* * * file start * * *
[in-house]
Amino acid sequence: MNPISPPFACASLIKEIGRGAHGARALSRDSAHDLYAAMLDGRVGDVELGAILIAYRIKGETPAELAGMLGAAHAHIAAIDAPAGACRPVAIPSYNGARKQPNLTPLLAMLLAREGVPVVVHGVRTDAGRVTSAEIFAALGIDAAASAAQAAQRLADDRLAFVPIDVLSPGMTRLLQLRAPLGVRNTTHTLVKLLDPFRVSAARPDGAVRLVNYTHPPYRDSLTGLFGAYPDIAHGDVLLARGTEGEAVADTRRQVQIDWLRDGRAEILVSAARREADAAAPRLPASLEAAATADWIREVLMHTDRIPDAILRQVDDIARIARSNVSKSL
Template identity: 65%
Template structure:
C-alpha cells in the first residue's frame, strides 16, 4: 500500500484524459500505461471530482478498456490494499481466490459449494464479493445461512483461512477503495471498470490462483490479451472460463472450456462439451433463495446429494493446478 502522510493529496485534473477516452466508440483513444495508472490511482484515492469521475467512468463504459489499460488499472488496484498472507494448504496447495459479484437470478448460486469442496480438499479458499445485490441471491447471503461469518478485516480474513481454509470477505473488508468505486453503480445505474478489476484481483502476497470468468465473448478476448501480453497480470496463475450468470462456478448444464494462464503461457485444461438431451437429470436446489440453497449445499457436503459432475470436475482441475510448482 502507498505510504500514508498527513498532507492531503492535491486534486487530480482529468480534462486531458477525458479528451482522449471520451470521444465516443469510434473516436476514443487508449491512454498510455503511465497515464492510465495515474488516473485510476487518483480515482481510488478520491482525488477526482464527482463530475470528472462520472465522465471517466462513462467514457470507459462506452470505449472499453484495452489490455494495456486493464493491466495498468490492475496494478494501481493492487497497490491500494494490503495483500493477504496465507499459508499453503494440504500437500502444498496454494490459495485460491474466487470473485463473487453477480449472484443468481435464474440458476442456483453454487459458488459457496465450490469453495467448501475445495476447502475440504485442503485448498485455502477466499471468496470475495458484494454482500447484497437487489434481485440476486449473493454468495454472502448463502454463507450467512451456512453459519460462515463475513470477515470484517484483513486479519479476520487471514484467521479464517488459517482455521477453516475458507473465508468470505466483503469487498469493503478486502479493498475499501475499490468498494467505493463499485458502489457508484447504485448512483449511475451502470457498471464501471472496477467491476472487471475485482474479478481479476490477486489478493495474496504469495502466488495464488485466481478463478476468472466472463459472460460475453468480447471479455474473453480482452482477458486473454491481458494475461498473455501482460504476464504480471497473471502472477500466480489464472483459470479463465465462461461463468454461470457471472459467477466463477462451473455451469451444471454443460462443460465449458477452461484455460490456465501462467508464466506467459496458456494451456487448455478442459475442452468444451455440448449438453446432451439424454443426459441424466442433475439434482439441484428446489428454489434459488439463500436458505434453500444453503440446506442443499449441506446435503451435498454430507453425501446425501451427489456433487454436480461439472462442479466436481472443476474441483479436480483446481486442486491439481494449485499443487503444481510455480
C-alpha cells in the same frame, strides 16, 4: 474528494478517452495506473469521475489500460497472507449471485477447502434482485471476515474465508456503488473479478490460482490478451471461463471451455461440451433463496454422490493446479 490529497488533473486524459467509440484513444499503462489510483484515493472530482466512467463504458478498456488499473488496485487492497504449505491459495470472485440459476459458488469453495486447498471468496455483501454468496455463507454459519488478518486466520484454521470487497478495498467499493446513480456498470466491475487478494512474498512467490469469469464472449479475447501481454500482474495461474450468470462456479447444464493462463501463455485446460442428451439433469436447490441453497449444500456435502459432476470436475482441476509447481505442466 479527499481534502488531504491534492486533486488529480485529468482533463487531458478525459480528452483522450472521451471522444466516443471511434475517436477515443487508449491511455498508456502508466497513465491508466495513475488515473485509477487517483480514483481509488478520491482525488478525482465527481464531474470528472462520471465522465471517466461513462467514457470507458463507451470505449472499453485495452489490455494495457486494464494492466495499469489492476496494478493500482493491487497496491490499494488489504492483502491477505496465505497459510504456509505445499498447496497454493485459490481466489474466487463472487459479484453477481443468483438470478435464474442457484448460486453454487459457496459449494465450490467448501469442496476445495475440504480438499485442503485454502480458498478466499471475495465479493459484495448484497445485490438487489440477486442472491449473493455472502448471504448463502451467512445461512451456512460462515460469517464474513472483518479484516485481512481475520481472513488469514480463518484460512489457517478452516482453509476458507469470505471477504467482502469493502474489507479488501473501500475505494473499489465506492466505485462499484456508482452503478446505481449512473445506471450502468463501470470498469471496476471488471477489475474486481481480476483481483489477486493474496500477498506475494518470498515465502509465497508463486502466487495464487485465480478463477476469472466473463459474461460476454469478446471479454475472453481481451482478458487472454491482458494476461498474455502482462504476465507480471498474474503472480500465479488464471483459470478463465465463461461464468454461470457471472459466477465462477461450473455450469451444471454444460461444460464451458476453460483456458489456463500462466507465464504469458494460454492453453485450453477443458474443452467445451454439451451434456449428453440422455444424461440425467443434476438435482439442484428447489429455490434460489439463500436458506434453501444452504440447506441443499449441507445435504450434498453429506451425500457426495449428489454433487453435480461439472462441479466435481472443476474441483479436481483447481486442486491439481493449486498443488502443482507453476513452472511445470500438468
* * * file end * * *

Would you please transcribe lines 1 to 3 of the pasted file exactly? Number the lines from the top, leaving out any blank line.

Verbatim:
[in-house]
Amino acid sequence: MNPISPPFACASLIKEIGRGAHGARALSRDSAHDLYAAMLDGRVGDVELGAILIAYRIKGETPAELAGMLGAAHAHIAAIDAPAGACRPVAIPSYNGARKQPNLTPLLAMLLAREGVPVVVHGVRTDAGRVTSAEIFAALGIDAAASAAQAAQRLADDRLAFVPIDVLSPGMTRLLQLRAPLGVRNTTHTLVKLLDPFRVSAARPDGAVRLVNYTHPPYRDSLTGLFGAYPDIAHGDVLLARGTEGEAVADTRRQVQIDWLRDGRAEILVSAARREADAAAPRLPASLEAAATADWIREVLMHTDRIPDAILRQVDDIARIARSNVSKSL
Template identity: 65%